What is CEREBRAL PALSY?
Cerebral Palsy or Spastic Paralysis is a general term that refers to a group of disorders that affect body movement, sense of balance and posture.
Causes of Cerebral Palsy
Spastic Paralysis originates in the womb, even before a child is born. It is caused due to a lack of oxygen supply to the fetus, which results in damage to the cerebrum, the main part of the human brain. As a result there is loss of nerve functions which can affect different parts of the body and senses.
Medications for Cerebral Palsy
The main medications used in the case of Cerebral Palsy are those employed to control occurrence of seizures and reduce abnormal movement and spasticity. These include:
- Dopaminergic drugs, such as Levodopa (Sinemet) and Trihexiphenidyl (Artane), which increase the production of the chemical dopamine in the brain, which in turn reduces abnormal movements and rigidity, a common feature of Cerebral Palsy.
- Muscle relaxants such as Baclofen (Lioresal) and Diazepam (Valium)
- Botulinum Toxin Type A (Botox), which causes a mild muscle paralysis and thus minimizes the occurrence of contractions.
- Anticolvulsants and Benzodiazepines which control the occurrence and intensity of seizures.
Prevention of Cerebral Palsy
It is often difficult to determine the exact cause of Cerebral Palsy. However taking adequate prenatal care can greatly reduce the chances of its occurrence. These steps include avoiding conceiving a child after the age of 40, avoiding consuming substances such as alcohol and cigarettes when pregnant, testing for Rh incompatibility and immunity against viruses such as German Measles before getting pregnant, strictly following routine vaccination regimens to prevent contraction of deadly viruses such as meningitis etc.
Risk Factors of Cerebral Palsy
The following can increase the chances of an infant developing Spastic Paralysis:
- If the mother is younger than 20 years or older than 40 years
- If the father is younger than 20 years
- If the child is born premature
- If the infant is one of a pair of twins, especially is one twin dies
- If the infant is of African-American ethnicity
- If the infant has a low birth weight
- If the mother is infected by a virus such as German Measles early in her pregnancy
Symptoms of Cerebral Palsy
Though the condition develops before birth, the symptoms of Spastic Paralysis may often not display themselves till the child is a few years old – i.e. until their nervous system begins to develop. Common signs are:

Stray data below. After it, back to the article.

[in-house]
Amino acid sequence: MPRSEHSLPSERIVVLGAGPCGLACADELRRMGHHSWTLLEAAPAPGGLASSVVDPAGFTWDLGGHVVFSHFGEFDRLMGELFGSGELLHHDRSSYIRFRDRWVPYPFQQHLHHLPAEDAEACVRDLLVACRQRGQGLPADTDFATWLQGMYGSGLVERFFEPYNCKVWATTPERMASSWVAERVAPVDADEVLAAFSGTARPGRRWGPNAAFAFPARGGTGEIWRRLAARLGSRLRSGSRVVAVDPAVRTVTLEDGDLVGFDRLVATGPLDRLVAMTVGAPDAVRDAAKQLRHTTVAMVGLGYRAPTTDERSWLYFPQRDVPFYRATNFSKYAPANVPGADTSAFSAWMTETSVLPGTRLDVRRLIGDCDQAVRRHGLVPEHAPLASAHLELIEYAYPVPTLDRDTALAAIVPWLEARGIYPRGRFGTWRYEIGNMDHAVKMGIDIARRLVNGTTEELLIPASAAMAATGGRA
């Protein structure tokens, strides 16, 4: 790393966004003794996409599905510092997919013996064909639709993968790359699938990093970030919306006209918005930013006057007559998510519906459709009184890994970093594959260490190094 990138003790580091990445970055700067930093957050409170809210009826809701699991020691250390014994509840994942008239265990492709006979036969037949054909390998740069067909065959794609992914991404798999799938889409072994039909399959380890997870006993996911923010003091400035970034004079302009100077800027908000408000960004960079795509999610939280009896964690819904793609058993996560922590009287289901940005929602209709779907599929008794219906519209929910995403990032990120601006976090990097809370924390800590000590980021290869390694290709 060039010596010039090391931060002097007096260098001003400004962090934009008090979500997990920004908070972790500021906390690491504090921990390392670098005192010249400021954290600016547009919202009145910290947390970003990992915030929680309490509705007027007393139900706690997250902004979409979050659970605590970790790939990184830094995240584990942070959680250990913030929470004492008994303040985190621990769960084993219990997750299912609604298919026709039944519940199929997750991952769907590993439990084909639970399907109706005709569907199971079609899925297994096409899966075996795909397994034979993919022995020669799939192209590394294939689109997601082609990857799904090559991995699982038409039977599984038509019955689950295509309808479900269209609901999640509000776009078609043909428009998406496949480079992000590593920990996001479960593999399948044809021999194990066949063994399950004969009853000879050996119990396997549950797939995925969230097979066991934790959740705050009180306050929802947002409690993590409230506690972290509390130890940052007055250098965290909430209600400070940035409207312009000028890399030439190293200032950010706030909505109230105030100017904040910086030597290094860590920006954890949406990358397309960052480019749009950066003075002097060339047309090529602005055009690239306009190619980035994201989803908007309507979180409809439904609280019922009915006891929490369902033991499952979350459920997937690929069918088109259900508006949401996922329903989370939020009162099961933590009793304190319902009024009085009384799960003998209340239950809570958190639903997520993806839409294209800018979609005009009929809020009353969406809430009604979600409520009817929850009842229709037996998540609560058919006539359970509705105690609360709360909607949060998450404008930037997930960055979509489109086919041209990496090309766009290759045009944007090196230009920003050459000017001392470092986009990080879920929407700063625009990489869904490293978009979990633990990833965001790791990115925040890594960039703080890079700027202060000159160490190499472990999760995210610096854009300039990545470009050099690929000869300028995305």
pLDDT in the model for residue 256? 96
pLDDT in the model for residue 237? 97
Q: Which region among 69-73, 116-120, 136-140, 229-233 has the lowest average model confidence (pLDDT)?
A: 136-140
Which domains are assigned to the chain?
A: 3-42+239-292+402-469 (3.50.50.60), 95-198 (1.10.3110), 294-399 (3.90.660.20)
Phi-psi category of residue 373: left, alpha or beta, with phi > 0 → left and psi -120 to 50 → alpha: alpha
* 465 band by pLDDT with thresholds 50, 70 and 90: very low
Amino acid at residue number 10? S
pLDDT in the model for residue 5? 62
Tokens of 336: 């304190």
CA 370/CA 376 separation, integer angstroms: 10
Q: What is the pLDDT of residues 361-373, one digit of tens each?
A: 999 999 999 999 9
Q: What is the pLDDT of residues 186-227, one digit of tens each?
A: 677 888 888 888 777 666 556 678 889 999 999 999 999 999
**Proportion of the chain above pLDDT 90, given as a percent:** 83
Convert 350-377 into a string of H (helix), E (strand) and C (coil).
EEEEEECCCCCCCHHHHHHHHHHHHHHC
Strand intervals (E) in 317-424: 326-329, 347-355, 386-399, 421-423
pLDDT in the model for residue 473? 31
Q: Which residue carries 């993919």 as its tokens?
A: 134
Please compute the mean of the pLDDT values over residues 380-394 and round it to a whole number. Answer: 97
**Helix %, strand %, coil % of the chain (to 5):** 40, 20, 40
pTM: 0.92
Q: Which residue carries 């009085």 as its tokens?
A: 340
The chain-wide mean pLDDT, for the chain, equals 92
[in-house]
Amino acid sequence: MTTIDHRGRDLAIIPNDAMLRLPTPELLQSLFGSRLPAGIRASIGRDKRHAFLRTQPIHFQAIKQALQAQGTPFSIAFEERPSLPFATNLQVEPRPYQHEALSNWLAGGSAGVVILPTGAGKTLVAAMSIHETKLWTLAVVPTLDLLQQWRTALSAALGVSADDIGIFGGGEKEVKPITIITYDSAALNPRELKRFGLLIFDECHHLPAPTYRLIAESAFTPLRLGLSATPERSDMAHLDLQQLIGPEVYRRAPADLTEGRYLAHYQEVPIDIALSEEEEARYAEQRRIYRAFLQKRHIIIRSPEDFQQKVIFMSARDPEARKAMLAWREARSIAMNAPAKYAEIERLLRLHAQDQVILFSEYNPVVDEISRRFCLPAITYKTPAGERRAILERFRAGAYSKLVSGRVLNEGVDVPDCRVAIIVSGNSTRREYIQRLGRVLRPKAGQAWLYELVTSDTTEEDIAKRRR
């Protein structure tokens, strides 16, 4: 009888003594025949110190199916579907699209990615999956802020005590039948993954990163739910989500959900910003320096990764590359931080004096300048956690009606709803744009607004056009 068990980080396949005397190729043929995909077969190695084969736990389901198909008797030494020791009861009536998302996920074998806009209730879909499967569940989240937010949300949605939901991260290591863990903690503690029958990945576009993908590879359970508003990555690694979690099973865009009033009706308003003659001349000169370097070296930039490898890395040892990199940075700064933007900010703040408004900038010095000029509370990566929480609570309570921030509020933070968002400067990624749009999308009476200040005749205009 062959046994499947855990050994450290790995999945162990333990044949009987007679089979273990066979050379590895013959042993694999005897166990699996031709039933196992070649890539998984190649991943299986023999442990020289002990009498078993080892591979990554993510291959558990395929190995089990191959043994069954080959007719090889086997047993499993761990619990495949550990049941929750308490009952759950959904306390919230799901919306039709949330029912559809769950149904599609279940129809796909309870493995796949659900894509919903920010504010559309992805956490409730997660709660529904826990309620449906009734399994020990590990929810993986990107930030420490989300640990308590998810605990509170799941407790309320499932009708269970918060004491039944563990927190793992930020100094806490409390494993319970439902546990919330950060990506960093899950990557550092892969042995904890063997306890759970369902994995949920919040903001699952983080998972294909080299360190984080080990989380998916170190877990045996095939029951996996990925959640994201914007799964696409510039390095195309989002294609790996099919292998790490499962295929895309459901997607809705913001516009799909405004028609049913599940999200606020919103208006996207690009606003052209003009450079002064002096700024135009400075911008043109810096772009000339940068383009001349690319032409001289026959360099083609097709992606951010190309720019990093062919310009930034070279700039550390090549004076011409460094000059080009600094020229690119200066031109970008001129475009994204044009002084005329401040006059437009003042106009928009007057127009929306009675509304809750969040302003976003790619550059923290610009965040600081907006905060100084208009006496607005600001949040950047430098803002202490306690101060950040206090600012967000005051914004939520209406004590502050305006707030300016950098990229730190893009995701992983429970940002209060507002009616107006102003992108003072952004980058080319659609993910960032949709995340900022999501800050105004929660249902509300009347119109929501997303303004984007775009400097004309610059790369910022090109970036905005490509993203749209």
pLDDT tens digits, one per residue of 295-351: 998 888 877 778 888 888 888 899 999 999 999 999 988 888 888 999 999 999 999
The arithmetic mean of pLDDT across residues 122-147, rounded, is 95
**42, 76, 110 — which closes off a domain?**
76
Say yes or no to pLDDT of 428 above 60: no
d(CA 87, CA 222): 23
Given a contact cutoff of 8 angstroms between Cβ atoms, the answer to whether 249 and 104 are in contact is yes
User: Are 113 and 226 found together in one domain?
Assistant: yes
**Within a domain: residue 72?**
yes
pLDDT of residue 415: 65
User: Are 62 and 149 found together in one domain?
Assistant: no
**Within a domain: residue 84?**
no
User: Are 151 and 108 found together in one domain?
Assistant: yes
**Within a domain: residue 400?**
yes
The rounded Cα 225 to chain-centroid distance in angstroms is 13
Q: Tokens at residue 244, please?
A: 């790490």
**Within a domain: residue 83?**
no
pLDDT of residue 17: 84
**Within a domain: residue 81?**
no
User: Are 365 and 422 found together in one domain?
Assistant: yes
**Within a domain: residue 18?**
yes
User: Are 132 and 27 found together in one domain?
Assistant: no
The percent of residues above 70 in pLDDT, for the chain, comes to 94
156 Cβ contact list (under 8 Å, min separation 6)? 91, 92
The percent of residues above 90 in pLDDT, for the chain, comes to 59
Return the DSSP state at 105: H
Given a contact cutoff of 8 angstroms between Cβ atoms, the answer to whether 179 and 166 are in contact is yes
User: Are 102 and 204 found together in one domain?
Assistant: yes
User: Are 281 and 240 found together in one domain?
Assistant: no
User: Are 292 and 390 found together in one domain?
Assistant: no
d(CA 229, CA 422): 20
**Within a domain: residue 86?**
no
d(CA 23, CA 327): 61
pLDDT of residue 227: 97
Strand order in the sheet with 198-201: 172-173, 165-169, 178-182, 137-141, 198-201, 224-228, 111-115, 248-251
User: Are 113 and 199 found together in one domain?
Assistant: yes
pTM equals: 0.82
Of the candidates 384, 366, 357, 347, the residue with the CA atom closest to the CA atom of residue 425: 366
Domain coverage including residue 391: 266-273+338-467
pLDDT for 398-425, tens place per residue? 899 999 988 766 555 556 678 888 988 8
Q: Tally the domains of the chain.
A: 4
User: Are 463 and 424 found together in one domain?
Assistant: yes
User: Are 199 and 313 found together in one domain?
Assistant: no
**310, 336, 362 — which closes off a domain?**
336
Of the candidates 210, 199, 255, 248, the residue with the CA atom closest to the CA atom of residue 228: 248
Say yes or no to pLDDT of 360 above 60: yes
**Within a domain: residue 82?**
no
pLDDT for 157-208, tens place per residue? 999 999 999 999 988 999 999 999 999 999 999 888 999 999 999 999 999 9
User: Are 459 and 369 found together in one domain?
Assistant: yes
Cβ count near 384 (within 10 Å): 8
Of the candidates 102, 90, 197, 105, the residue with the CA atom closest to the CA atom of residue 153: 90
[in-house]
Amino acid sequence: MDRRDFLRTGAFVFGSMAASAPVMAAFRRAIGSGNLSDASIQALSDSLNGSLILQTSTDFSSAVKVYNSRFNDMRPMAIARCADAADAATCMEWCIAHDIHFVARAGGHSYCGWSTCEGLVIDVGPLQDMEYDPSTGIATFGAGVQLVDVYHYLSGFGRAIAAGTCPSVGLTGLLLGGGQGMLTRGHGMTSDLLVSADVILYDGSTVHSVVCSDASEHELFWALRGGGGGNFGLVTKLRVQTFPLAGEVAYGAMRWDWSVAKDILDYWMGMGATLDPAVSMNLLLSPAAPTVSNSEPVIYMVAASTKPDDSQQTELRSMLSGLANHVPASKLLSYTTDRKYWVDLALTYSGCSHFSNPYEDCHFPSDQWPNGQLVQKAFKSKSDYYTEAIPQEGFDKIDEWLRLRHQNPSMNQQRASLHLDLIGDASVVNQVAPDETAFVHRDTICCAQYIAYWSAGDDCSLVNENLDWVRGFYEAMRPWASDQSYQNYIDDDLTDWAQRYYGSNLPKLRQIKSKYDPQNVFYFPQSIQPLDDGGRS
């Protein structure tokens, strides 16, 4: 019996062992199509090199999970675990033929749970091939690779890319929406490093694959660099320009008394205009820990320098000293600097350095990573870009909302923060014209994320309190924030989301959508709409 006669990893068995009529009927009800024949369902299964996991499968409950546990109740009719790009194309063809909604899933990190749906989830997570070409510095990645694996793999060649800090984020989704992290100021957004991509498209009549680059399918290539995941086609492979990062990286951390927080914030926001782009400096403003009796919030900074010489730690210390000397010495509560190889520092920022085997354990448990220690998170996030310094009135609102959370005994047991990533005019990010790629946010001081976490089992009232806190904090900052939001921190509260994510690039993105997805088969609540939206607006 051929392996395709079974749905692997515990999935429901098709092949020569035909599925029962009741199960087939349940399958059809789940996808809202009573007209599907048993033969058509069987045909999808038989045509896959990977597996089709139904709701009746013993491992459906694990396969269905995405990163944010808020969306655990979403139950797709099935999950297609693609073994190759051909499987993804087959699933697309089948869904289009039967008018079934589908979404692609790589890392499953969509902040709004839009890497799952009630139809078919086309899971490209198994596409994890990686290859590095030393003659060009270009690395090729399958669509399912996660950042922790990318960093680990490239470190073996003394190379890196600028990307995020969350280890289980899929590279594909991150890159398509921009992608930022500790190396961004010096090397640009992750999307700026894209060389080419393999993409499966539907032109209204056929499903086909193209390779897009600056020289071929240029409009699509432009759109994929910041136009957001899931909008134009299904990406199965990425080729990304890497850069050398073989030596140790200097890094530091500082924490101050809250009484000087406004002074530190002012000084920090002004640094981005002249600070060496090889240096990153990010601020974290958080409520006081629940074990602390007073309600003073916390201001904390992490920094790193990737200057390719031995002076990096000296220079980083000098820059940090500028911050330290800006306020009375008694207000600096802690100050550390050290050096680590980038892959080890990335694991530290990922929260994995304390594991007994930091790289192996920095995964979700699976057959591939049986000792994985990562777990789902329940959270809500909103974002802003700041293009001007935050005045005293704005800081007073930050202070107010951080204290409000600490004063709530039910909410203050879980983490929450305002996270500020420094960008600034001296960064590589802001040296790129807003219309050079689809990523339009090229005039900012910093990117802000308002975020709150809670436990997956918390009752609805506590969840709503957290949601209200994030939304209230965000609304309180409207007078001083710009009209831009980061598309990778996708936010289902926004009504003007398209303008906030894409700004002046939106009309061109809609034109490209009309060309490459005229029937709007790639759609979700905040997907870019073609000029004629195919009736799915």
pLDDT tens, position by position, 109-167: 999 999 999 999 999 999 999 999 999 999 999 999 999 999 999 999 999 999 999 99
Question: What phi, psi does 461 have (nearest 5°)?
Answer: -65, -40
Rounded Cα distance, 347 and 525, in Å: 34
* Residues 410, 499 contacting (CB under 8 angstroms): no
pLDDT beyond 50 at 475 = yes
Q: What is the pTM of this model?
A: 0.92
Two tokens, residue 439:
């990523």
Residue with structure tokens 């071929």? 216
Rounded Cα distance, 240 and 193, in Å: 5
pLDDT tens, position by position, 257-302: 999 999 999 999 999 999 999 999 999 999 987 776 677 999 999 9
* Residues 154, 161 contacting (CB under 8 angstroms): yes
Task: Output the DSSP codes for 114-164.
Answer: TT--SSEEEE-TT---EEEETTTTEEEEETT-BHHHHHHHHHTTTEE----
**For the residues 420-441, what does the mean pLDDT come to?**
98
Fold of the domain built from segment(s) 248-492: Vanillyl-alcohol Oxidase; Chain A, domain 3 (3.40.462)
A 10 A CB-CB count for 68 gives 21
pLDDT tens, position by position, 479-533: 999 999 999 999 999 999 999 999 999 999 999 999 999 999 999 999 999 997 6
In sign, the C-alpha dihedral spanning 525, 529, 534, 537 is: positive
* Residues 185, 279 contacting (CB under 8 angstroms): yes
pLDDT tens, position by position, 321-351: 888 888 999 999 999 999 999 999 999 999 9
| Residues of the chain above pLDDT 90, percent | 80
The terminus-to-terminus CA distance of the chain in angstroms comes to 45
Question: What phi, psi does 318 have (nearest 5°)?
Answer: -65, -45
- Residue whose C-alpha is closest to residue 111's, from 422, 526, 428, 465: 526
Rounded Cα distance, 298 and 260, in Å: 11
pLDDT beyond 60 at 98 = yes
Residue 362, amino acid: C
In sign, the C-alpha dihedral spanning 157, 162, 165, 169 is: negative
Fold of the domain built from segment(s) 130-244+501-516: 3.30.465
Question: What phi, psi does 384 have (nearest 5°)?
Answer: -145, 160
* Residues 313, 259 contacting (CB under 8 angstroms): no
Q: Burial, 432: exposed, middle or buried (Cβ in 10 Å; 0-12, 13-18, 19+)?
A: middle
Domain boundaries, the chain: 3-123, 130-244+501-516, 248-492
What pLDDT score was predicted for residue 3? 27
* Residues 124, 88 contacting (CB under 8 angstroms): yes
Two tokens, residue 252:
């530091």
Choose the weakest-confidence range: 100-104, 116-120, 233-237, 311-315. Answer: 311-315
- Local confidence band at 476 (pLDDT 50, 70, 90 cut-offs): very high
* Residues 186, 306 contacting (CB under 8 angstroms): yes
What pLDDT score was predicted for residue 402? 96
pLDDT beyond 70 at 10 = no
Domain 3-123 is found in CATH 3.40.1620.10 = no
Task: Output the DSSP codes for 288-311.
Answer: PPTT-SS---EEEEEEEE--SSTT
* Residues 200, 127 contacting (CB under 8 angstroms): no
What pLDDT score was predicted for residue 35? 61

- A delay is normal infant development such as rolling over, reaching for things with one hand, crawling, walking etc.
- Continuance of infant behaviour or reflexes which usually begin to disappear when an infant is around 6 months old
- Abnormal muscle tone, difficult or stiff movements or physically visible abnormalities such as shorter limbs on one side of the body
- Seizures are another common sign of Spastic Paralysis
- Speech and swallowing problems
- Mental retardation
- Hearing or vision problems
Treatment for Cerebral Palsy
There is no cure for Spastic Paralysis. The treatment involves a regimen of therapy and certain medications. However each case differs from person to person, and as a result the therapy has to be customized based on each individual case. The most common type of therapy employed for Spastic Paralysis is physical therapy, to help with muscle movement, occupational therapy, social adjustment therapy etc. Many with Cerebral Palsy also require medical therapy, in order to handle seizures, digestive problems, breathing problems. The type of treatment is dependant on which part of the body the condition has affected.
In some cases of Spastic Paralysis, surgery may also be conducted, such as a dorsal rhizotomy procedure - which could help improve movements or allow the patient to sit, stand or walk by themselves - or implantation of a pump that allows a continuous supply of particular drugs that reduce spasticity.
Types of Cerebral Palsy
The 3 main types are Spastic Cerebral Palsy, which is displayed via stiff and restricted or very difficult movements, Athetoid Cerebral Palsy, in which case the person’s movements are involuntary and not able to be controlled and Ataxic Cerebral Palsy, in which case the person does not have a normal sense of balance and depth perception.
In some cases patients may display more than one type and this is known as Mixed Cerebral Palsy.